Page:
In this particular case there is another big problem caused by the type of sludge that will be dumped. The shipping area at Hay Point which is being dredged has been a big port for the shipping of coal and other mining products for decades. Therefore the sludge is likely to contain a multitude of heavy metals and other toxic substances that have accumulated there. If these settle on the reef it is likely to cause severe problems. Crustaceans and small fish are likely to be worst effected, but this will also mean the toxic chemicals can make their way into the food web which will cause widespread issues. It is also feared that dumping in hot summer conditions could trigger algal blooms which are also extremely damaging to coral reefs.

‘Another nail in the coffin’

This news is just the latest in a long line of human caused issues that are impacting the GBR. It is already under a huge amount of pressure from a changing ocean and there are now fears it will never recover. Rising ocean temperatures and ocean acidification have already contributed to the bleaching of around 30% of the corals there. It is a number that will only get bigger in the future as bleaching events become more frequent and widespread. On top of that the reef faces other major ecological problems such as the population explosion of crown-of-thorns starfish that feed on corals, overfishing of predatory fish and high levels of eco-tourism.  Sludge dumping just increases the pressure on an already stressed ecosystem.

Bleached Reef
Sights like this are becoming far too common on the Great Barrier Reef

What is perhaps most ironic about the situation is that it comes less than a year after the government pledged to spend $500 million on protecting the GBR. In its report it highlighted sediment from dredging and run-off to be one of the main contributing factors in the reefs deterioration. The announcement also comes weeks after mass floods in Queensland caused a large plume of sediment and agricultural pesticides to be washed onto the reef sparking fear for its health. Speaking to the BBC Dr Simon Boxall from the National Oceanography Centre Southampton described what’s happening as “another nail in the coffin” for the GBR.

Short sighted

In defence of their actions the North Queensland Bulk Ports Corporation (NQBPC) released a statement which described the risk to marine habitats as “predominantly low” with “some temporary, short-term impacts possible”. Not only is this misleading but it also highlights the incredible short sightedness of the industry. It is true that the effects of a single dump would be ‘temporary’ and easy to recover from but there is nothing ‘short-term’ about dumping one million tonnes over a 10 year period. Although the direct effects of sediment may be ‘predominantly low’ bleaching events are already becoming more frequent and damaging and adding another problem into the mix could be catastrophic. For a company like NQBPC the next decade will likely include increased profits and growth. But for the GBR the next decade could determine whether or not it survives into the future.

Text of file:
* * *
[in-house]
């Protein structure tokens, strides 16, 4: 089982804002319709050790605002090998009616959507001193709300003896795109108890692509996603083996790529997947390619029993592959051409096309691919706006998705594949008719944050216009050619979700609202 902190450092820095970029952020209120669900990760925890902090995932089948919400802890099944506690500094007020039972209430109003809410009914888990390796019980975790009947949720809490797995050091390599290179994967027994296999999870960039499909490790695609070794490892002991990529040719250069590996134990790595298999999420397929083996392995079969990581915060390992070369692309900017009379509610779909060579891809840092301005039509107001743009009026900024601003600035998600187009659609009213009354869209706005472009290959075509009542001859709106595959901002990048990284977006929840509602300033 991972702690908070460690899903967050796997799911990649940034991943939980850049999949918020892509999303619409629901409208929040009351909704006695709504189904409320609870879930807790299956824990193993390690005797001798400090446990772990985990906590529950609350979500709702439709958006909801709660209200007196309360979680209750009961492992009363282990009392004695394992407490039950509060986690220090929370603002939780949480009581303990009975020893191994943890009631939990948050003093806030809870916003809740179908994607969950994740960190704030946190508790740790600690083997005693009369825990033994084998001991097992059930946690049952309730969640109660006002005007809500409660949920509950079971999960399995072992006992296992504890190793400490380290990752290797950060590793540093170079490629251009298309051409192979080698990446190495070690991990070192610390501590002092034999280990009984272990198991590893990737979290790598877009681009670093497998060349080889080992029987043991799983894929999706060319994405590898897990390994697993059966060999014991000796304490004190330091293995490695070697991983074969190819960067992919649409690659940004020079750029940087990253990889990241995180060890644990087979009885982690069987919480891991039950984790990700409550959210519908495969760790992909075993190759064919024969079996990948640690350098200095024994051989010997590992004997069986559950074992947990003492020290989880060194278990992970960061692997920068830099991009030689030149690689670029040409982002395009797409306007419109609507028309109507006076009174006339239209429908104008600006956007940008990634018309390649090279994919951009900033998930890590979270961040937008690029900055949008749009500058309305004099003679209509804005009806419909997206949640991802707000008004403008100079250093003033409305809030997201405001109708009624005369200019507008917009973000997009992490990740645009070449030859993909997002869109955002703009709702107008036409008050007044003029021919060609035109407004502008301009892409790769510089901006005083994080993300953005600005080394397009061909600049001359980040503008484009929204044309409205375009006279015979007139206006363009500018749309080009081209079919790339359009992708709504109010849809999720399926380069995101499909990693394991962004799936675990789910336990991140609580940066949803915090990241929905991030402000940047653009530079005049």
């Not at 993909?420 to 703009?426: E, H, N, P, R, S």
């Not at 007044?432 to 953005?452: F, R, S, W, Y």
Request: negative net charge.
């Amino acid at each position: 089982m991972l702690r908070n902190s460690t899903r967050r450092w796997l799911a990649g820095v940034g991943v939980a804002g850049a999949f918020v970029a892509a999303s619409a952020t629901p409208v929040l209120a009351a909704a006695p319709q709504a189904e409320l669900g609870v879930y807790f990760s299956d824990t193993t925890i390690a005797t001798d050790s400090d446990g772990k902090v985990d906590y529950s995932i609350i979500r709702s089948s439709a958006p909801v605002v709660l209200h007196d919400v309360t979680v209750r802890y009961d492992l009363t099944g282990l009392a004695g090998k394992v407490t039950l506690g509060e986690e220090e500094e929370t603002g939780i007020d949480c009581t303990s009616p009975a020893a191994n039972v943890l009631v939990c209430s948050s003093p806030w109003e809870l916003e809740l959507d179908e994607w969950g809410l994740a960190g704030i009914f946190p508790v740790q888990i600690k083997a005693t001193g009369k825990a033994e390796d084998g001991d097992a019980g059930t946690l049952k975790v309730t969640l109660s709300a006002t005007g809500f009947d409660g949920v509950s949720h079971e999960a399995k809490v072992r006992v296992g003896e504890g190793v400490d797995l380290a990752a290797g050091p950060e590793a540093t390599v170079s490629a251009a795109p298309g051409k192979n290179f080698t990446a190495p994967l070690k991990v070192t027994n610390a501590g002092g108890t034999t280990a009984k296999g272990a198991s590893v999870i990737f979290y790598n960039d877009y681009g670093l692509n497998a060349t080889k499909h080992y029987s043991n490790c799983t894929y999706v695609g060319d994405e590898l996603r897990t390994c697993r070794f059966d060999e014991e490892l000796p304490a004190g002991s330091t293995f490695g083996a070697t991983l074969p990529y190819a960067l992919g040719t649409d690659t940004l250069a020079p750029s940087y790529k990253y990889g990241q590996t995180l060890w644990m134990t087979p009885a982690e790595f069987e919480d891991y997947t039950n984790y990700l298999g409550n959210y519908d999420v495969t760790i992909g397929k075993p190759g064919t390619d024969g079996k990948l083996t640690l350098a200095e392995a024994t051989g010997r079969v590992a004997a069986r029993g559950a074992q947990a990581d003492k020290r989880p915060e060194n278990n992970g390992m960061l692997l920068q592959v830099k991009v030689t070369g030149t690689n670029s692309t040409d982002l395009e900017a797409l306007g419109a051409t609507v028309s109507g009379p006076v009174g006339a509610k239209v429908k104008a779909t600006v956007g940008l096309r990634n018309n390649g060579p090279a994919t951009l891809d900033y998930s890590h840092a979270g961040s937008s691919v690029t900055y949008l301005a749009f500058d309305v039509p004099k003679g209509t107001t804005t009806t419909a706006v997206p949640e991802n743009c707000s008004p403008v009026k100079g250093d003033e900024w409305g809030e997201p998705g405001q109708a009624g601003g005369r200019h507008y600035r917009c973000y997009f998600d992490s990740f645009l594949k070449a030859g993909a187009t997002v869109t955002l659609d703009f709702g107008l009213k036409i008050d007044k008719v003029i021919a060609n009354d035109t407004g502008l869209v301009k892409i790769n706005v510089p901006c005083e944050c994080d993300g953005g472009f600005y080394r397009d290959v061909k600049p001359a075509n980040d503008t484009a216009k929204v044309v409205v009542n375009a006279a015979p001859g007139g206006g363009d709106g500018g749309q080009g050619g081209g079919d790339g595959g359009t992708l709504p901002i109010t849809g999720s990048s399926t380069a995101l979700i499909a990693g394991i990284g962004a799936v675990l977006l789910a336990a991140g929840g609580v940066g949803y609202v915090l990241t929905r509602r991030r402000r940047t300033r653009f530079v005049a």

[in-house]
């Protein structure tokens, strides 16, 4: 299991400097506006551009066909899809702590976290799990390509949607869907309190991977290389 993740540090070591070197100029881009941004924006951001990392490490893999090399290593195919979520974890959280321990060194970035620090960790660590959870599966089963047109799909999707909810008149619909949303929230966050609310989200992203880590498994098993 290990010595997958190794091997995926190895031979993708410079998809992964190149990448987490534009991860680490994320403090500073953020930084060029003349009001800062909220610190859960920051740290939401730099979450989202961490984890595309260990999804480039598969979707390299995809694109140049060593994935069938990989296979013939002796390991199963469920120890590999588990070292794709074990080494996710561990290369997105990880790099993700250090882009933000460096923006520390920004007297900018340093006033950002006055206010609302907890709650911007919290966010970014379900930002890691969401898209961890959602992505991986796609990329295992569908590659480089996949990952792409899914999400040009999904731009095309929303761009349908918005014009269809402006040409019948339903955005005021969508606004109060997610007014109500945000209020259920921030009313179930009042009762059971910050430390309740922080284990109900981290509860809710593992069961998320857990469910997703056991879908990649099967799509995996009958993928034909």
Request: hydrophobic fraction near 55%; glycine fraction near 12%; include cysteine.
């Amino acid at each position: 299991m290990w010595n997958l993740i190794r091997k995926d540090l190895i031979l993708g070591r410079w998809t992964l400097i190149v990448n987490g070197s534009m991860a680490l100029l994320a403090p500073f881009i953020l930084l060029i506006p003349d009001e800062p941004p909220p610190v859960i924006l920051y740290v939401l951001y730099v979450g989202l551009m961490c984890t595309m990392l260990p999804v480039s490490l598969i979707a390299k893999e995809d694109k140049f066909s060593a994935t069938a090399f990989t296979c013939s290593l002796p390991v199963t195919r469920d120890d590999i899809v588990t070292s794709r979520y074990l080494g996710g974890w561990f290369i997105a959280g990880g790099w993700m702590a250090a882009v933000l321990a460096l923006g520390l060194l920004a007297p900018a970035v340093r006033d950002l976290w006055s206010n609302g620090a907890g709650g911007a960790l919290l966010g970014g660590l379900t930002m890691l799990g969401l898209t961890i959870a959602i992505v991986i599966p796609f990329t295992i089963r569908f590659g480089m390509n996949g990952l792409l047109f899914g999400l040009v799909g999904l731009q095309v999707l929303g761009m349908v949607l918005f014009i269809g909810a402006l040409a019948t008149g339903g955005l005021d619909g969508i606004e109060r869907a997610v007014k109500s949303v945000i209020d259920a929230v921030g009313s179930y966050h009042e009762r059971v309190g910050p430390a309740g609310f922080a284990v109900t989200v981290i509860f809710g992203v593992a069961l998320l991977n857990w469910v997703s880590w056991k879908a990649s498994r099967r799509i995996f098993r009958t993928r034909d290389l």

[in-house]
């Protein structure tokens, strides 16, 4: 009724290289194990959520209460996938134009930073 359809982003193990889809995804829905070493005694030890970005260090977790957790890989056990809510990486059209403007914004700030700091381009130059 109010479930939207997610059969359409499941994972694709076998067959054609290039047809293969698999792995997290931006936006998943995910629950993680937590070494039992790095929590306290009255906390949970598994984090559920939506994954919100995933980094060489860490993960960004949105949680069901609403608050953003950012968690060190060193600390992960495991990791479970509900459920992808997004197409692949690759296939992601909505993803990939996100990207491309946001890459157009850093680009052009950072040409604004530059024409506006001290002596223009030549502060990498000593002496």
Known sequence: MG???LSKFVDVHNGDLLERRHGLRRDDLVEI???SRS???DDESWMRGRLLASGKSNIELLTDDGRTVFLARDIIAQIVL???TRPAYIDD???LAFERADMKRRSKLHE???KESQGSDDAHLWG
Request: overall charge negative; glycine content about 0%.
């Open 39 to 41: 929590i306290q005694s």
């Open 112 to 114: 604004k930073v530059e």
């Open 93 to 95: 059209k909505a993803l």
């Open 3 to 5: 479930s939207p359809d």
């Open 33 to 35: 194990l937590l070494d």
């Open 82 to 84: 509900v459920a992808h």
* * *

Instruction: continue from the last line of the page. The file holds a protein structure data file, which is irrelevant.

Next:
Taking responsibility

Although this decision is a crushing blow for conservationists there is still time to overturn the decision. One of the biggest opponents to the decision is senator Larissa Waters from the Greens who when talking to the Guardian described the decision as “the last thing the reef needs” and saying NQBPC are treating the reef “like a rubbish tip”. She also went on to say that “Government policy needs to change to ban all offshore dumping” and that she hopes to overturn the decision before the dumping begins. She is not alone and a large proportion of the public agree that the dumping of sludge on the reef should not be allowed.

In the 21st century with what we now know about the importance of healthy ecosystems to our own lives and the damage we are causing to the natural world decisions like this should really no longer be happening. Until big corporations, like the North Queensland Bulk Ports Corporation, start putting the planet in front of profits massive ecological catastrophes like the collapse of the Great Barrier Reef are far too likely in the near future. It is time for everyone to take responsibility for their actions and their consequences not continue to make the same old mistakes.